All eyes on Rotorua as council looks to make money off Airbnbs

by Kim Bowden - May 06, 2024

The council in Rotorua is proposing to make owners of Airbnbs pay more in rates and if changes go ahead it will be getting smarter about how it monitors operators.

As part of its Long Term Plan discussions, the Rotorua Lakes Council is looking to shift short-term accommodation providers - such as AirbnB hosts - from residential rates to commercial rates if they advertise more than 60 available guest nights in a financial year.

The council says up to 1,000 properties across its district would fall into the category, and if adopted the rating change would generate an additional $900,000 per year.

It says casual accommodation sharing platforms like Airbnb present a "real issue given the district's housing shortage" and also put more demand on council services like roads, footpaths and parking.

Anthony Longman, the head of destination at the Central Otago District Council, says staff are "watching this space" in regards to where Rotorua's potential new rules land.

"One of the key differences in the Rotorua proposal is the wording around 'advertised' versus 'occupied'," Mr Longman says.

Because of this, additional information on occupancy rates will not be required for regulation, circumnavigating a common issue with monitoring Airbnb and the like, a reliance on homeowners doing the right thing or the platform host itself sharing data, either willingly or as required by legislation.

Rotorua Lakes Council group manager corporate services Thomas Collé tells Crux if the policy is adopted the council will use a third party that analyses online public information for monitoring purposes and it will be enforced by council staff.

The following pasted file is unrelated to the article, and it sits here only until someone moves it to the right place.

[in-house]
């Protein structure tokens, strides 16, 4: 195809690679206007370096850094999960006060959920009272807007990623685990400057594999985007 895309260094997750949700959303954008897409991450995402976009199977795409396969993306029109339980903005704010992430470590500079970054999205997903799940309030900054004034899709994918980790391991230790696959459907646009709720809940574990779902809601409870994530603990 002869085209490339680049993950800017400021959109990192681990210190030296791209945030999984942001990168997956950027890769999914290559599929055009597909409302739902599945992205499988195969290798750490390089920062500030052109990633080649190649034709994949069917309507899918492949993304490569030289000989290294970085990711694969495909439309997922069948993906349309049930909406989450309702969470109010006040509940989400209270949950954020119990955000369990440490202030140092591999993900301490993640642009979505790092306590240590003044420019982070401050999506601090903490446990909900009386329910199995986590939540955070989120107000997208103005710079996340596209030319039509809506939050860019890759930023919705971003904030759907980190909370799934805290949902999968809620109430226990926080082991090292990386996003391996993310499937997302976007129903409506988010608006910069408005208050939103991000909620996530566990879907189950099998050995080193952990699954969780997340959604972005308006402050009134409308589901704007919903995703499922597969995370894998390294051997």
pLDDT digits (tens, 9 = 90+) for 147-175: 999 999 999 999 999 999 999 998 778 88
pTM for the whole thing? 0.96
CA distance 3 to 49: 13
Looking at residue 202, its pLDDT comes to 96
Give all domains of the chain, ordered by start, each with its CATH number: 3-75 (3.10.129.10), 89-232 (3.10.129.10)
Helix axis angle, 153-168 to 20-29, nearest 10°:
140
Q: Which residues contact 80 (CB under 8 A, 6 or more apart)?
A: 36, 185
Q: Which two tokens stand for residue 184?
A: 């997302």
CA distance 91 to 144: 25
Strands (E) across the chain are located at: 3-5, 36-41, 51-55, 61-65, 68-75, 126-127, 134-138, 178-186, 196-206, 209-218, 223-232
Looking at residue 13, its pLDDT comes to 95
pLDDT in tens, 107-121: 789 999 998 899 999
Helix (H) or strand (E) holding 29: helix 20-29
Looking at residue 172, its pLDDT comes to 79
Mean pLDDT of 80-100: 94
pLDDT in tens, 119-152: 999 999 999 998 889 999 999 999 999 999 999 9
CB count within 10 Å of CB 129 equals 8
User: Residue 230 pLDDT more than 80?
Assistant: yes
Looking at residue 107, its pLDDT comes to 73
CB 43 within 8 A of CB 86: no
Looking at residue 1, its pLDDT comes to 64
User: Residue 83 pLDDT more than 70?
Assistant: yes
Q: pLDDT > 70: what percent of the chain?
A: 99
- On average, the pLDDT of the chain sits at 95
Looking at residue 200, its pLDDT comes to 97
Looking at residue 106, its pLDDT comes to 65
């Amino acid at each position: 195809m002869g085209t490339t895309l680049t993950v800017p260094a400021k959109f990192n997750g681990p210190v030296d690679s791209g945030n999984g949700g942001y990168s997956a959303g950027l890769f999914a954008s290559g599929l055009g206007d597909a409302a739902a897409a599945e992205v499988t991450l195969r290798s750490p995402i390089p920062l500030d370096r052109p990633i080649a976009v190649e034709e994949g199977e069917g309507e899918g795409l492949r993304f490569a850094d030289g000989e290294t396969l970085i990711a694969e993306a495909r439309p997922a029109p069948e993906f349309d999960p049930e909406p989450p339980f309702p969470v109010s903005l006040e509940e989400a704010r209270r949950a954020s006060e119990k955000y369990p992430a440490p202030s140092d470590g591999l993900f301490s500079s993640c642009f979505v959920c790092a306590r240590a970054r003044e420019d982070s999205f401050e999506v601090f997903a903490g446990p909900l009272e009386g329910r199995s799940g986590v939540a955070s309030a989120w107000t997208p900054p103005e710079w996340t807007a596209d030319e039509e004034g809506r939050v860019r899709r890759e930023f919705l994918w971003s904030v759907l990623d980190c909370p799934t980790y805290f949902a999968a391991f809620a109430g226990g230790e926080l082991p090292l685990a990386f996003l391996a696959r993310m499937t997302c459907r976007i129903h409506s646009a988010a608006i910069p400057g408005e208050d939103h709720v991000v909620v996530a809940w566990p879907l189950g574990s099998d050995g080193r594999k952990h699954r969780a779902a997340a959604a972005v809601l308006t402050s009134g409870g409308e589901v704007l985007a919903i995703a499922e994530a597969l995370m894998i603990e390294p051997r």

The Rotorua staff declined to divulge who that third party may be.

When it comes to peer-to-peer accommodation hosting platforms, Mr Longman, at the Central Otago council, says he is not aware of a single easy way to capture data and then match that to a rating database.

"We have looked at several tools that track online booking platforms, such as Airbnb, VRBO and, and capture the number of listings, availability, and average value of bookings. This data can then be cross matched with the rating database through a manual process."

A spokesperson for the Queenstown Lakes District Council says staff are focused on enforcing the district's own short-term visitor accommodation rules, but declined to comment on how staff tackle the challenge of monitoring occupancy rates for any one provider.

They said the process of ensuring operators comply with the district plan's rules is managed by the council's monitoring, enforcement and environmental team, who "proactively monitor this activity."

"We’ve run extensive campaigns in the past where teams have actively worked towards compliance with the rules and rates that are applied. In addition, we investigate any complaints we receive and, if required, obtain compliance with the rules."

They say "education is a key part of the process".

Meanwhile Lincoln University Associate Professor Anthony Brien thinks regulating short-term visitor accommodation rules all over New Zealand falls short because the impetus is on home owners to do the right thing and accurately report on their situations.

He doesn't have much faith in this strategy: "If you can get away with it you will," he tells Crux.

Professor Brien is pushing for a law change that would require platforms like Airbnb to share data on hosts with local authorities, as is the case in some other global destination.

"Take the European law, tweak it so it is customised, and implement, and then councils would have the information coming to them of who was in the game," he says.

"At the moment it is absolutely reliant on self-reporting."

Consultation on the Rotorua Lakes Council's Long Term Plan closes today. If adopted by the council at a meeting scheduled for June 26, the plan will take effect at the start of July.

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